Mismanaged waste — a key source

Page Last modified 19 Jan 2023
4 min read
The majority of marine litter is mismanaged plastic waste in the form of plastic packaging and small non-packaging plastic items (PPSI). Thanks to tougher, smarter laws and regulations that tackle pollution, significant improvements in plastic waste management are evident. Yet it is not sufficient to offset the increase in plastic waste generated by the EEA member countries. The goal is absolute decoupling of waste generation from gross domestic product (GDP) so that economic growth does not mean more waste — and therefore more marine litter.

What's the problem?

The EU Packaging and Packaging Waste Directive has reduced the largest fraction of marine litter over the past decade. However, data gaps undermine confidence in this finding. For example, we cannot calculate how much waste ‘leaks’ into the seas every year. What we do know is that increasing waste leakage and increasing marine litter are strongly correlated.

Still, the flow of plastic packaging and small non-packaging plastic items (PPSI) can be considered slightly circular, with the 27 EU Member States (EU-27) achieving an average recycling rate of 41% in 2019 (Eurostat, 2021). In many countries, however, improvements in waste management are still struggling to keep up with the growth in overall plastic waste generated.


Waste management is not a silver bullet for the problem of marine litter — prevention comes first.

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Despite relatively high recycling rates, significant volumes of waste are exported to developing countries for recycling. There, the ‘rejects’ end up in regional waterways — flowing into and spreading around the world’s oceans and seas. Tighter waste management systems with fewer ‘leaks’ and more robust waste collection should form part of well-designed legal frameworks, economic instruments and public outreach campaigns that tackle mismanaged plastic waste.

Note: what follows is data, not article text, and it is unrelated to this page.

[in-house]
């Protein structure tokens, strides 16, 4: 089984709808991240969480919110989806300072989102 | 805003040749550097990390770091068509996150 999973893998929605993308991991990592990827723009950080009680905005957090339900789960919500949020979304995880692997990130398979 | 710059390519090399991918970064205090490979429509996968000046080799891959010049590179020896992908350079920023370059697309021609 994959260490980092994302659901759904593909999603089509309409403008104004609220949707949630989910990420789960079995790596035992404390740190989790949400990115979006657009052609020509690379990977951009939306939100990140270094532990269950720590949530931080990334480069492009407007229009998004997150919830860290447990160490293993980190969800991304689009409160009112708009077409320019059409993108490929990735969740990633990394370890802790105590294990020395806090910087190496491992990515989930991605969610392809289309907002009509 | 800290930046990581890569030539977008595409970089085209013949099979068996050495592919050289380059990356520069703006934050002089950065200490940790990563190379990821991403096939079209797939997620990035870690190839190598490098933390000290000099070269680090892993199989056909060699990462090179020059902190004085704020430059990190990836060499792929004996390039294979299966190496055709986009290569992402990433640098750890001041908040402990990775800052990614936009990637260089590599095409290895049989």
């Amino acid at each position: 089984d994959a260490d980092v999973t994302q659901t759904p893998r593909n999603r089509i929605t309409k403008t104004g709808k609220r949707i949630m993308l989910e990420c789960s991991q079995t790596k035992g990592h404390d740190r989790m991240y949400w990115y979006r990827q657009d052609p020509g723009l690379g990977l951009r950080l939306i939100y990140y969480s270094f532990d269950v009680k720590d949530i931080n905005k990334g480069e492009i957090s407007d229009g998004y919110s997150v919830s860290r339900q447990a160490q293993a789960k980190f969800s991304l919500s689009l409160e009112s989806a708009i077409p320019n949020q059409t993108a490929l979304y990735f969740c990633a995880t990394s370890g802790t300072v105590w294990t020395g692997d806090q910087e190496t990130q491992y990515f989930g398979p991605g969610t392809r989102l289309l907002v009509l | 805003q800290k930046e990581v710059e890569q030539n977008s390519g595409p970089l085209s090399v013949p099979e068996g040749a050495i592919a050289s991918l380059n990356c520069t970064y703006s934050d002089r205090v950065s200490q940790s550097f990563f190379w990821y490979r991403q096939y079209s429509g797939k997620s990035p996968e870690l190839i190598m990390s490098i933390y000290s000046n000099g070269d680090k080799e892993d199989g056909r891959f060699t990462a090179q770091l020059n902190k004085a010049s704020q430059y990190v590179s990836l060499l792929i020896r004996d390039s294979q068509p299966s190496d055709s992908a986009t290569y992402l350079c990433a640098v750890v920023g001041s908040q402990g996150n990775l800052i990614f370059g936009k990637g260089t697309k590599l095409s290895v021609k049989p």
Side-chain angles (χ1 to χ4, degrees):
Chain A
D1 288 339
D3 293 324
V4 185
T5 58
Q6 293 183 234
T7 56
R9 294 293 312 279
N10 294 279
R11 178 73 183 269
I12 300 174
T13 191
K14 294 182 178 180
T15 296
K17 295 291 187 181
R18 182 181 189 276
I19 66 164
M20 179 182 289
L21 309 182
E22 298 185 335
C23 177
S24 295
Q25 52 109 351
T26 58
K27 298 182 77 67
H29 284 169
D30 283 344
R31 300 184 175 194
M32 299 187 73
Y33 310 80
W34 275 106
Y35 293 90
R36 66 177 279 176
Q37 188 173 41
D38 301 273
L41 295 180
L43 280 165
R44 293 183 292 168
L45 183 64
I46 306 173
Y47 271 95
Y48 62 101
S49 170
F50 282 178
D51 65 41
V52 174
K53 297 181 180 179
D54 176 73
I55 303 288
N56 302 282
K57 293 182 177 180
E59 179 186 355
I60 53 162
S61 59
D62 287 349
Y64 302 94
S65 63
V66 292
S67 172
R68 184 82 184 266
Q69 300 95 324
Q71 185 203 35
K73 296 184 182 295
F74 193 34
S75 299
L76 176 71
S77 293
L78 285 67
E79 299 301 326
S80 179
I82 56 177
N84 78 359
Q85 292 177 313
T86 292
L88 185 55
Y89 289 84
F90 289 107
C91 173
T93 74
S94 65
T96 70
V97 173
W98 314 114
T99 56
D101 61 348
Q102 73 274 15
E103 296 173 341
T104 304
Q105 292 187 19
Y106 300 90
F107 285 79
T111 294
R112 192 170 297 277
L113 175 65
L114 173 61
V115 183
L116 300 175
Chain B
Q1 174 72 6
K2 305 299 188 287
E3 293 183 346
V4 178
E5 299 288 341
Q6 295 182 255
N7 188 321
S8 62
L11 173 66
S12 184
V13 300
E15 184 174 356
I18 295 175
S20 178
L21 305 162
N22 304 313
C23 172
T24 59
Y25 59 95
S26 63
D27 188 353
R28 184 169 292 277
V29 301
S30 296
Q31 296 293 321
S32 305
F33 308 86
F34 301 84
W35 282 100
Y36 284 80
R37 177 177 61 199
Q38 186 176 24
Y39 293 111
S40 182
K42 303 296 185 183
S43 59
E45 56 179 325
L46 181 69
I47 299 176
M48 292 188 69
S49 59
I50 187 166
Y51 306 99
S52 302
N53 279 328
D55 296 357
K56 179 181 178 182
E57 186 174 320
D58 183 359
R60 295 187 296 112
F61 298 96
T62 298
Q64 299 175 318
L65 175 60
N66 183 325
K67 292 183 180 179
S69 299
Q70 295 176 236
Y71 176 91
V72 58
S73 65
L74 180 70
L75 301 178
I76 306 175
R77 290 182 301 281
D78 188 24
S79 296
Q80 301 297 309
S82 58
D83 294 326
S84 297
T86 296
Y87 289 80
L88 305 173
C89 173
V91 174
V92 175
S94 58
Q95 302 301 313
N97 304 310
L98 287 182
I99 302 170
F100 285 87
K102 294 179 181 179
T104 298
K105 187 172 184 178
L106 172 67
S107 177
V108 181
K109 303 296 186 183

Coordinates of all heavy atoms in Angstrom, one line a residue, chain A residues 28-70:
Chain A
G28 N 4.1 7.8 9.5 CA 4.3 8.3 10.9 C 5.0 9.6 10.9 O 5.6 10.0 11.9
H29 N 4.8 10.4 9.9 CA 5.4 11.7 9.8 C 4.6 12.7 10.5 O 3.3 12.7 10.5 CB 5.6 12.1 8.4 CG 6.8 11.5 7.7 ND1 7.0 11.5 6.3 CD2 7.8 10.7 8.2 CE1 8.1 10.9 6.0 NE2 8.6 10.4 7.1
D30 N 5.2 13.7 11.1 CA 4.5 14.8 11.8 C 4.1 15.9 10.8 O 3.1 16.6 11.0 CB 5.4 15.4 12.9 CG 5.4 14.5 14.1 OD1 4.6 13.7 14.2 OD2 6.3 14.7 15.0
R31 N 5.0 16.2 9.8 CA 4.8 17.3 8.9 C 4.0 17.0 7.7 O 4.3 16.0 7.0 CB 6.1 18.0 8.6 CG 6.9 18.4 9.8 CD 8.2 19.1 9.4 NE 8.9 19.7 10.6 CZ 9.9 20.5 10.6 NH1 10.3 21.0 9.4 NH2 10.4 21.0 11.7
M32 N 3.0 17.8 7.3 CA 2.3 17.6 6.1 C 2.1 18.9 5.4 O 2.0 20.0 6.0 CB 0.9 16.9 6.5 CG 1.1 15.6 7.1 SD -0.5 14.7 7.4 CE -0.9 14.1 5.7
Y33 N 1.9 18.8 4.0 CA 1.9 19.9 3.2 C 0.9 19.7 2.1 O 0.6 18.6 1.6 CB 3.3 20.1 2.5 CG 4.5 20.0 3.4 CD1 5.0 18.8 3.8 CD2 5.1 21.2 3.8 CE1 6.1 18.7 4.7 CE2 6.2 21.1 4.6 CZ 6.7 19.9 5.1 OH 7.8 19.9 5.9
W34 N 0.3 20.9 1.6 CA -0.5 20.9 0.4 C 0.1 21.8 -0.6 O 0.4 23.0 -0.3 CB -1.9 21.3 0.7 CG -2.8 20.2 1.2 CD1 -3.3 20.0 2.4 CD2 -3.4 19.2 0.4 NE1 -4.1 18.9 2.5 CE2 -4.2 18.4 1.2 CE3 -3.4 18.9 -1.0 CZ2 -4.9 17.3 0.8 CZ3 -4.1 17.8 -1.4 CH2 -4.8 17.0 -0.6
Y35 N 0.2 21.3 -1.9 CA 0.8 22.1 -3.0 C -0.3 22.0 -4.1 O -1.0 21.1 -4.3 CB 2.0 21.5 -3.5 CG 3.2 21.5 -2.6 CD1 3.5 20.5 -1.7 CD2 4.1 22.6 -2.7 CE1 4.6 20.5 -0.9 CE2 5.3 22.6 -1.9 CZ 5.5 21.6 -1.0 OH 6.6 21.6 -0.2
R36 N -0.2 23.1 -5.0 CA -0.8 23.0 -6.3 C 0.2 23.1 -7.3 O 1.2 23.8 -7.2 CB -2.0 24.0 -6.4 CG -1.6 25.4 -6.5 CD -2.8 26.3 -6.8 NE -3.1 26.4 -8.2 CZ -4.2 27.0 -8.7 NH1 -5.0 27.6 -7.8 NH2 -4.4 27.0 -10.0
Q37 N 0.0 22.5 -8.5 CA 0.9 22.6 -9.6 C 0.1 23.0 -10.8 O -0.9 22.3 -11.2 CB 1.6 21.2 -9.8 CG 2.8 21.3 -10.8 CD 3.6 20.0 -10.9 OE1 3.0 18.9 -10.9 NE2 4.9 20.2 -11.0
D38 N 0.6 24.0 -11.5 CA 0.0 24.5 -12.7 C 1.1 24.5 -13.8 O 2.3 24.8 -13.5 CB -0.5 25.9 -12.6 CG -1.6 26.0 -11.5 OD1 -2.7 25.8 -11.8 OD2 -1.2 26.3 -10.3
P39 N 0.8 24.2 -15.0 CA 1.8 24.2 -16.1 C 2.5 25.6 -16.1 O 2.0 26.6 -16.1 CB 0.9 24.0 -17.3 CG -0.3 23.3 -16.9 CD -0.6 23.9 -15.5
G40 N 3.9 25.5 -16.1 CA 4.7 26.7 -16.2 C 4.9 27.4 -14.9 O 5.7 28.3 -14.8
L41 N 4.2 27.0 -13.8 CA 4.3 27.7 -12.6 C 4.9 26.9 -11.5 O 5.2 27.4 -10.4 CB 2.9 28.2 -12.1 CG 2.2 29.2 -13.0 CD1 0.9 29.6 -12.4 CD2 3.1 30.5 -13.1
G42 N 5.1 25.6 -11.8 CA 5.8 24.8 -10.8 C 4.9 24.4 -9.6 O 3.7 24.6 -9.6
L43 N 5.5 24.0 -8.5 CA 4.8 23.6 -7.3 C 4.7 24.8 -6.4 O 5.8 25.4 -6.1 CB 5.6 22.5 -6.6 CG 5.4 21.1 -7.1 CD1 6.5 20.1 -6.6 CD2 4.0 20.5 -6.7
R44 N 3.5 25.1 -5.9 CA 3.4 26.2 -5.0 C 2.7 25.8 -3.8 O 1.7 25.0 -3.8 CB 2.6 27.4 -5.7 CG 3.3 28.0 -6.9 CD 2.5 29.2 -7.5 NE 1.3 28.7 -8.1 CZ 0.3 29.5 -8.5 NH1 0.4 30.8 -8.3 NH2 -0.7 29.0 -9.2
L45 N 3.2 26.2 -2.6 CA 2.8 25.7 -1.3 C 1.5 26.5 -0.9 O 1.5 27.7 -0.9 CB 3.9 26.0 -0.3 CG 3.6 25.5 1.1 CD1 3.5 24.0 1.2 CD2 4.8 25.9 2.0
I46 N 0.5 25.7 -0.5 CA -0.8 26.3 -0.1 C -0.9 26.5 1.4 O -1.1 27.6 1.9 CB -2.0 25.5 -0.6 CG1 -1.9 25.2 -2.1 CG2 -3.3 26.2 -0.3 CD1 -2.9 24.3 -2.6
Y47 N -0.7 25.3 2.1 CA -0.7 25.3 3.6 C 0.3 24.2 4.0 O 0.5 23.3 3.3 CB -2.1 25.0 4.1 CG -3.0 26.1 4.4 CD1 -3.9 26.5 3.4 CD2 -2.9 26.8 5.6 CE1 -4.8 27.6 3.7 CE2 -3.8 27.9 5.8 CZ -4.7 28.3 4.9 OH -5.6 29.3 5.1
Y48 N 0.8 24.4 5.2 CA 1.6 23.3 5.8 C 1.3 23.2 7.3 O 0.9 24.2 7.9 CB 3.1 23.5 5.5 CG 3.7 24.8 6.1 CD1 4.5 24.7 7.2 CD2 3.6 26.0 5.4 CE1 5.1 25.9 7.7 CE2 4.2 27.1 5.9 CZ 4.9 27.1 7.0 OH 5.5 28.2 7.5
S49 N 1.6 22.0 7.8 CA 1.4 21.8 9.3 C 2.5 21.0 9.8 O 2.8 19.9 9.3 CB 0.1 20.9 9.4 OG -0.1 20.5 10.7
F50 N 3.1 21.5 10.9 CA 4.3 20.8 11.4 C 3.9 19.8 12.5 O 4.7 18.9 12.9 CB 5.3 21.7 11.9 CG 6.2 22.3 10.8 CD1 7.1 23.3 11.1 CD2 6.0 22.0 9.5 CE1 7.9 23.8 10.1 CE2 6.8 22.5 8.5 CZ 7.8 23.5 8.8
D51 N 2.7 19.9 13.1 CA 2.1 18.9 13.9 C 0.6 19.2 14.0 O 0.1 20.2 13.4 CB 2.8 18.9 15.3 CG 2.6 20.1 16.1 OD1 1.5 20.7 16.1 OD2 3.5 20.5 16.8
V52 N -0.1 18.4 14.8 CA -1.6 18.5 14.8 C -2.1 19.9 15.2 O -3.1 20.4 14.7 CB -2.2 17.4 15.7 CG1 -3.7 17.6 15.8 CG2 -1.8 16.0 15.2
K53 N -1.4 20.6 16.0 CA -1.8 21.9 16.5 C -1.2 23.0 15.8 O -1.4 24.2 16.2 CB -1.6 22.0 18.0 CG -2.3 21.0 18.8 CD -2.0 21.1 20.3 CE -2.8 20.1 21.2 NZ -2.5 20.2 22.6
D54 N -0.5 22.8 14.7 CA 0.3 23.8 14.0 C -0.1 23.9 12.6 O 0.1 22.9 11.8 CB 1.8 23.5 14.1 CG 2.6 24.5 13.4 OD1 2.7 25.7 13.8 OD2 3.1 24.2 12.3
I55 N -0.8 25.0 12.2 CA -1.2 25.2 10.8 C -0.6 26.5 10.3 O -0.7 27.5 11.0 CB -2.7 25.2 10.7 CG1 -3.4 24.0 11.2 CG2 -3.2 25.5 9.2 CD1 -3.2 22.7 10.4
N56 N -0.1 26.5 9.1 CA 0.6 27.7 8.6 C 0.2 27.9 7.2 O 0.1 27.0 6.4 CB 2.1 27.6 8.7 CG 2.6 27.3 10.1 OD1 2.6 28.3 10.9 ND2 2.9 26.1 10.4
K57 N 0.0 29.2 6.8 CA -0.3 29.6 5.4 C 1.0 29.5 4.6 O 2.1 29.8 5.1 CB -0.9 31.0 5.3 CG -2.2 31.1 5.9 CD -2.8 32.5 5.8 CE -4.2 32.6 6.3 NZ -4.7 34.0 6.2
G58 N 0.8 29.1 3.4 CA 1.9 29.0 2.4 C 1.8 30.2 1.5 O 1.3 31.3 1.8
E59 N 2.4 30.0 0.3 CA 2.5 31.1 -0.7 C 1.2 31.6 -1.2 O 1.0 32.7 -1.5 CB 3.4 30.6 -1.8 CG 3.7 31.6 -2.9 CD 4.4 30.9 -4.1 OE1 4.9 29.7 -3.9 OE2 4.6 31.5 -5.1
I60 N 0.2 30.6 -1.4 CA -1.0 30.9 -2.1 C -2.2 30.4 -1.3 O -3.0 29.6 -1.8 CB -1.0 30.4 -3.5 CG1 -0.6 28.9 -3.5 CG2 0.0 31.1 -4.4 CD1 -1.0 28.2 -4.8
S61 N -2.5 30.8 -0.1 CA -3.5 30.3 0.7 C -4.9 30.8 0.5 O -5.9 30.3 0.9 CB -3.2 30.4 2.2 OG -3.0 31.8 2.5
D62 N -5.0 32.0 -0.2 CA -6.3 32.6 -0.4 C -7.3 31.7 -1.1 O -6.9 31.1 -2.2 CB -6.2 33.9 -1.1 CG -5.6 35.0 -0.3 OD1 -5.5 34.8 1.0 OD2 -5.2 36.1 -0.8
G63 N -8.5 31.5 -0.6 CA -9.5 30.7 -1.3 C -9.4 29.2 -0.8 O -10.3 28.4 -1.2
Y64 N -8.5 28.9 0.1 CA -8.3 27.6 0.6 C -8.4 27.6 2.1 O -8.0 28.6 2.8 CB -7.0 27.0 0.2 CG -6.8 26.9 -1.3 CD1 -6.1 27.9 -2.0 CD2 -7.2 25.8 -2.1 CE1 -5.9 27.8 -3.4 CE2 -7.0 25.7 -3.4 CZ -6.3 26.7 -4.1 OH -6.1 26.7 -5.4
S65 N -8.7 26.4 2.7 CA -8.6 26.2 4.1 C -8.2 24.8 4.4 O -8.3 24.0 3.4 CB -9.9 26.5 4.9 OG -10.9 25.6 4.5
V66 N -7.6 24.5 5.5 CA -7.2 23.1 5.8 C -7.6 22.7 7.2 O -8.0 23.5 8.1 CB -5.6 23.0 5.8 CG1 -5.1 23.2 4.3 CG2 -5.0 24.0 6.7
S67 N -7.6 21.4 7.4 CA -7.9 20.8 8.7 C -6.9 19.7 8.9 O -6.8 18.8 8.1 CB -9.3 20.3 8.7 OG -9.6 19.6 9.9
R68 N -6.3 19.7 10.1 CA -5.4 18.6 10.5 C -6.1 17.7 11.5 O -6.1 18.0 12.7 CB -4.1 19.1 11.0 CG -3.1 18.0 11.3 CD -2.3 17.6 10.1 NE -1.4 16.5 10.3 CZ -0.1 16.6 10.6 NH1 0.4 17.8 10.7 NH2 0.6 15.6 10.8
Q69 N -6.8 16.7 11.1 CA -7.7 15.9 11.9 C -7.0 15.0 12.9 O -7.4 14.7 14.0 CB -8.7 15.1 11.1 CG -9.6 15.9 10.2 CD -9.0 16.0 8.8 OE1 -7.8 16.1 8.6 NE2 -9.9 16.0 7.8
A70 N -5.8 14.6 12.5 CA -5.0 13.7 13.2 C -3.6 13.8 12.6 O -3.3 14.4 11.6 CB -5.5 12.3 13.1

Once plastics become waste as a result of linear economies, the quality of countries’ and municipalities’ waste management practices define whether or not the plastic waste will leak into the environment. Therefore, to avoid plastics becoming waste in the first place, we must reuse, repair, re-manufacture, recycle, ban unnecessary products, use taxes and extended producer responsibility schemes, and raise awareness among consumers.

In simple terms, the problem of marine litter usually starts way upstream and with seemingly unrelated decisions. Poor municipal waste handling, inconsistent plastic recycling policies between countries, profit-first business models and resource-hungry industries are among the main concerns.


Policy highlight

Waste management is not the only answer to the marine litter problem. Preventing waste must always come first. The sheer volume of waste entering the sea, and the mounting health and environmental risks involved, demand strong responses at all levels — from local to pan-European to global.